It seems partners are much more flexible with associates who have kids than with those who don’t. If it’s okay for my colleague with a kid to leave at 5 pm and log on later, why isn’t that the same for me (no kids)? My obligations might be different, but I still have a life and want to be able to do certain things, like catch that evening workout class or cook dinner for my partner. As you can probably tell, my firm is operating 100% in person. There is no point here — I’m just whining.

likehelpfulsmart
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Small-firm practitioner here (30s, M, biglaw refugee, no kids, not married), so my perspective may be inapplicable to many of you. In our firm, compensation is mostly based on revenue— and the partners don’t really care to keep track of when we come and go. The philosophy is basically: “You’re an adult and this is your practice. As long as your work gets done, we don’t care when you do it.”

For associates with kids, it’s great because they have flexibility. It’s also great for me. I end up billing more (and therefore making more) than some of the more senior associates who have kids. At the same time, if I need or want a Friday off I can take it without having to justify where I’m going or why I’m out.

The issue I see here is that firms often treat associates like children who need to be supervised at all times. It has less to do with parents getting preferential treatment than it does with firms infantilizing associates (or worse, treating them like indentured servants) and expecting them to justify every minute that they’re not actively sitting at their desk.

likesmart

You hit the nail on the head, especially with that 3rd paragraph.

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I’m glad to see there is a silent majority. I feel like I’ve always had to bite my tongue and act okay with parents (not all, there are some that are respectful to others who choose a different lifestyle, but many) who think just because they have kids their lives (and time) are more important than others. God forbid you insinuate that you don’t care about someone else’s kids as much as they might.

I’m also happy to see that other people are choosing not to have children. Most people still can’t comprehend why that would be my choice and, if I had a dollar for everyone I heard “but you’ll change your mind,” I would have a couple hundred dollars at least.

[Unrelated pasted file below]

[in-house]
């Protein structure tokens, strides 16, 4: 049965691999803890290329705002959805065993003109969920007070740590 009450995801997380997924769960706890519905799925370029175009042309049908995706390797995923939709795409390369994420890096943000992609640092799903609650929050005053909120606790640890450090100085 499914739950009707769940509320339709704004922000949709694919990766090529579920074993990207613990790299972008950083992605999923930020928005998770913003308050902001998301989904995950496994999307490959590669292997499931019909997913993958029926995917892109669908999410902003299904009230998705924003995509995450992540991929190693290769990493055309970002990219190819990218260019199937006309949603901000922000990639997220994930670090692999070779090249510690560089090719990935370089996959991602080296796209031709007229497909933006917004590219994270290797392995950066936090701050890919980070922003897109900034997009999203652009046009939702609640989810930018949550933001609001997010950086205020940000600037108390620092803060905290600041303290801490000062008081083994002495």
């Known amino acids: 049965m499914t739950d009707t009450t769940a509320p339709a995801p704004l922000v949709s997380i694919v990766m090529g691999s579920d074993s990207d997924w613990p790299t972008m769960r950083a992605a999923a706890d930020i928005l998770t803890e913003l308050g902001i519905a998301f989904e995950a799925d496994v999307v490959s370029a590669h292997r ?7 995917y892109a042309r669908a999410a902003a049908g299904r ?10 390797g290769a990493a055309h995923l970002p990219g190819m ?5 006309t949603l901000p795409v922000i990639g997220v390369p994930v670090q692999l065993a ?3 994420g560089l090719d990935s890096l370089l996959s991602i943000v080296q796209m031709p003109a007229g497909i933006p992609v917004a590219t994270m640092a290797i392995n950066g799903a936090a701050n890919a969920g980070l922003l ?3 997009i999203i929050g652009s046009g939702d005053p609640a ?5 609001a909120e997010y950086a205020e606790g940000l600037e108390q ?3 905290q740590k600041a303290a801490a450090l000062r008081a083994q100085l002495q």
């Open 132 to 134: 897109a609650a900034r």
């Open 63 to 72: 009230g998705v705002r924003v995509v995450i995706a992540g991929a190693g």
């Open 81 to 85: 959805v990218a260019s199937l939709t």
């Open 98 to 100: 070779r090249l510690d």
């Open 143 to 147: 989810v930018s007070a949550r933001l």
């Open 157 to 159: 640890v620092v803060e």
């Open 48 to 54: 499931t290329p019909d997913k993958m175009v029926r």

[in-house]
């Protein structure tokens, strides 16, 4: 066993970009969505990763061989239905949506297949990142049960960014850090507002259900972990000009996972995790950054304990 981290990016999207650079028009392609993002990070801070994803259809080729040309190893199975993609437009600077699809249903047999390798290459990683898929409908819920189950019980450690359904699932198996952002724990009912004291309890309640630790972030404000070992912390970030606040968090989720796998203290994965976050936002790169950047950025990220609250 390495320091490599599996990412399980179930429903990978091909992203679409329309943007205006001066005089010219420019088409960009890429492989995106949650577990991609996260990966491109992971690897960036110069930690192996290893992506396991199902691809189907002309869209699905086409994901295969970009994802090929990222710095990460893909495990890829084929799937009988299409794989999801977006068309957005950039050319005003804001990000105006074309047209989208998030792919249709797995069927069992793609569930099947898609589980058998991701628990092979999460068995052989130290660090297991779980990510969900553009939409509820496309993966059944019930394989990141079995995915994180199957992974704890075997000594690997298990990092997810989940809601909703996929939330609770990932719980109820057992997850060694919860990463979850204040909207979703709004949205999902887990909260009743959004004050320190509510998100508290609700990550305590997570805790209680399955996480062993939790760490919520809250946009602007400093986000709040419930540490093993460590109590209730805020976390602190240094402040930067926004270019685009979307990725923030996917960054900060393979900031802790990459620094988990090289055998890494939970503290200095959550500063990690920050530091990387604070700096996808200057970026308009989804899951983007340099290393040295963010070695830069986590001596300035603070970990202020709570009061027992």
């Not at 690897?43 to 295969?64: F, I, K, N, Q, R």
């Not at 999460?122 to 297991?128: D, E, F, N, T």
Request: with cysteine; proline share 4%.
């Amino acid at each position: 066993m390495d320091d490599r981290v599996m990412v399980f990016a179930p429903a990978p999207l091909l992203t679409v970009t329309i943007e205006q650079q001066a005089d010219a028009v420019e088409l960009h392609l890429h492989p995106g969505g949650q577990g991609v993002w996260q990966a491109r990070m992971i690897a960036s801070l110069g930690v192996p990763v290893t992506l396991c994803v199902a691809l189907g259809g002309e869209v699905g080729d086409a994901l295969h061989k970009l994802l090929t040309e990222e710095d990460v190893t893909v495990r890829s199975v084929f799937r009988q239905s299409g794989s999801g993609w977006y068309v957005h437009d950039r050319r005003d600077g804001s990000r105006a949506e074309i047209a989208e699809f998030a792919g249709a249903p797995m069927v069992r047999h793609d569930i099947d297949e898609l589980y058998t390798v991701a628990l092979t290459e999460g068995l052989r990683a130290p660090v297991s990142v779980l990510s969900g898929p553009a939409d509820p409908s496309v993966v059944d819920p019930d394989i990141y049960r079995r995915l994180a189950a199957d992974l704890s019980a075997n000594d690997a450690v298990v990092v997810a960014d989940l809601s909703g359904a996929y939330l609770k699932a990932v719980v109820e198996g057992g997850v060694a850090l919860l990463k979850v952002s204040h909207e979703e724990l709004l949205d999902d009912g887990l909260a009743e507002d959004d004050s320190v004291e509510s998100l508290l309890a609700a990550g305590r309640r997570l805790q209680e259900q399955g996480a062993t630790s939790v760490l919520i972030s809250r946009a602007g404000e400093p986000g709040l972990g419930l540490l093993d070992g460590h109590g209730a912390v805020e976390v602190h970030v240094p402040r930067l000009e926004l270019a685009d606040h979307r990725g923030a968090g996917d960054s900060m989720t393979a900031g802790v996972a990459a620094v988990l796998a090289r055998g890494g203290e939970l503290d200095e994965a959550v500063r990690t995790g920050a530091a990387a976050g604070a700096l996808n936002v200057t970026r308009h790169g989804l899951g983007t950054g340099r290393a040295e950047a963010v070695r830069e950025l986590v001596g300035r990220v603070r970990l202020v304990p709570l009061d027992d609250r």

Also for those who don’t know, there is a “childfree” (might be childless, I’ll have to check) bowl on FB and honestly I’ve never met a group of people I connected with more.

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There is also no silent majority. In my experience, it is just a couple of miserable junior associates that feel this way.

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Because the kid is an affirmative obligation of the associate, whereas your flexibility is a convenience. As an attorney parent, I would much prefer to work straight through until 6:30-7 and then have my evening to myself, rather than leave at 5:15, get the kid settled by 6:30 and then work through dinner in order to log the same hours as my childless colleagues. Leaving to pick up the kid is a minimal accommodation; we have the same hours and fee realization requirements as you do.

likesmartfunnyhelpful

Ok people, think hard: a child is a dependent. They depend on the parents. That’s why parents get the amazing privilege to run at 5pm to pick them up then feed them then burn the midnight oil. Childless people, don’t be thick. It’s a human person we’re talking about here. Taking care of their basic needs is not selfish, it’s basic human decency. It doesn’t take away anything from you, it’s not like the parents leave earlier to party! They do double day: care of the child and work. So be at ease, they’re actually busting their butts more than you.
Someone talked about their choice of having a child. Such a bitter comment! Yes, some people want children and you won’t be able to prevent them and there are lots of them. So let them leave earlier and log on later, as I pointed out it doesn’t take anything away from you. As someone else said, you too can say you need to leave early. Not everyone can afford a nanny btw, that’s why they go themselves. Childless people, if a law firm provides this basic “flexibility” to parents, think hard: that must really be because it’s something that can’t be denied, otherwise they’d deny it. People work hard, but they still can have a bit of a life like a baby. And it’s temporary: a few years then the children won’t need to be picked up.

You can do those things? In my experience parents get the time because they ask for it and treat it as non-negotiable (because it isn't). If you want to go do something you need to treat it as non-negotiable. If you are worried about the impact on your career and choose not to put your foot down, then it's negotiable. Only you will set your boundaries. But parents keep their boundaries because their children literally need them. I don't literally need to grab drinks with a friend on a Tuesday so usually I don't set a hard boundary. Just depends on your priorities really